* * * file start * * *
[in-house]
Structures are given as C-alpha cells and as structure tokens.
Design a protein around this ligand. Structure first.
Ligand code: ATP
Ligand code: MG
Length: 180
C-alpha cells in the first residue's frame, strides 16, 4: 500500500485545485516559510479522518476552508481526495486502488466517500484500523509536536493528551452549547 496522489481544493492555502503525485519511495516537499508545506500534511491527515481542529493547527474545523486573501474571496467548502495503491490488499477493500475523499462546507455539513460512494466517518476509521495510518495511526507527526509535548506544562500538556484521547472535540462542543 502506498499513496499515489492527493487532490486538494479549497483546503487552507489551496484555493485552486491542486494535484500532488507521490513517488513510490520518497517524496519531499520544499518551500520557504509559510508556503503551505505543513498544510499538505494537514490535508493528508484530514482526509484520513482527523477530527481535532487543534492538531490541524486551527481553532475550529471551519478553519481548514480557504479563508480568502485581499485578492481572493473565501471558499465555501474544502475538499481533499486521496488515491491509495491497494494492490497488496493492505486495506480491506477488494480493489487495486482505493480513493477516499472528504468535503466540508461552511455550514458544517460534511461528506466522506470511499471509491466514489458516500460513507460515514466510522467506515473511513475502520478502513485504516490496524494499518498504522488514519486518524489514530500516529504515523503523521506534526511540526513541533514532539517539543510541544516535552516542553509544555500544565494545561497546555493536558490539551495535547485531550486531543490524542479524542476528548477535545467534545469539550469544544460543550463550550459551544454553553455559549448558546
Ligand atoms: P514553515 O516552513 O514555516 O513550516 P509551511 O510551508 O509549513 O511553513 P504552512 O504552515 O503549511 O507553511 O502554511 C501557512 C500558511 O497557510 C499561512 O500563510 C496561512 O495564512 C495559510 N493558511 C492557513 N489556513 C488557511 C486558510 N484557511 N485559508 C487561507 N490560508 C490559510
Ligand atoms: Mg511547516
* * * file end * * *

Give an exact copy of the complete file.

[in-house]
Structures are given as C-alpha cells and as structure tokens.
Design a protein around this ligand. Structure first.
Ligand code: ATP
Ligand code: MG
Length: 180
C-alpha cells in the first residue's frame, strides 16, 4: 500500500485545485516559510479522518476552508481526495486502488466517500484500523509536536493528551452549547 496522489481544493492555502503525485519511495516537499508545506500534511491527515481542529493547527474545523486573501474571496467548502495503491490488499477493500475523499462546507455539513460512494466517518476509521495510518495511526507527526509535548506544562500538556484521547472535540462542543 502506498499513496499515489492527493487532490486538494479549497483546503487552507489551496484555493485552486491542486494535484500532488507521490513517488513510490520518497517524496519531499520544499518551500520557504509559510508556503503551505505543513498544510499538505494537514490535508493528508484530514482526509484520513482527523477530527481535532487543534492538531490541524486551527481553532475550529471551519478553519481548514480557504479563508480568502485581499485578492481572493473565501471558499465555501474544502475538499481533499486521496488515491491509495491497494494492490497488496493492505486495506480491506477488494480493489487495486482505493480513493477516499472528504468535503466540508461552511455550514458544517460534511461528506466522506470511499471509491466514489458516500460513507460515514466510522467506515473511513475502520478502513485504516490496524494499518498504522488514519486518524489514530500516529504515523503523521506534526511540526513541533514532539517539543510541544516535552516542553509544555500544565494545561497546555493536558490539551495535547485531550486531543490524542479524542476528548477535545467534545469539550469544544460543550463550550459551544454553553455559549448558546
Ligand atoms: P514553515 O516552513 O514555516 O513550516 P509551511 O510551508 O509549513 O511553513 P504552512 O504552515 O503549511 O507553511 O502554511 C501557512 C500558511 O497557510 C499561512 O500563510 C496561512 O495564512 C495559510 N493558511 C492557513 N489556513 C488557511 C486558510 N484557511 N485559508 C487561507 N490560508 C490559510
Ligand atoms: Mg511547516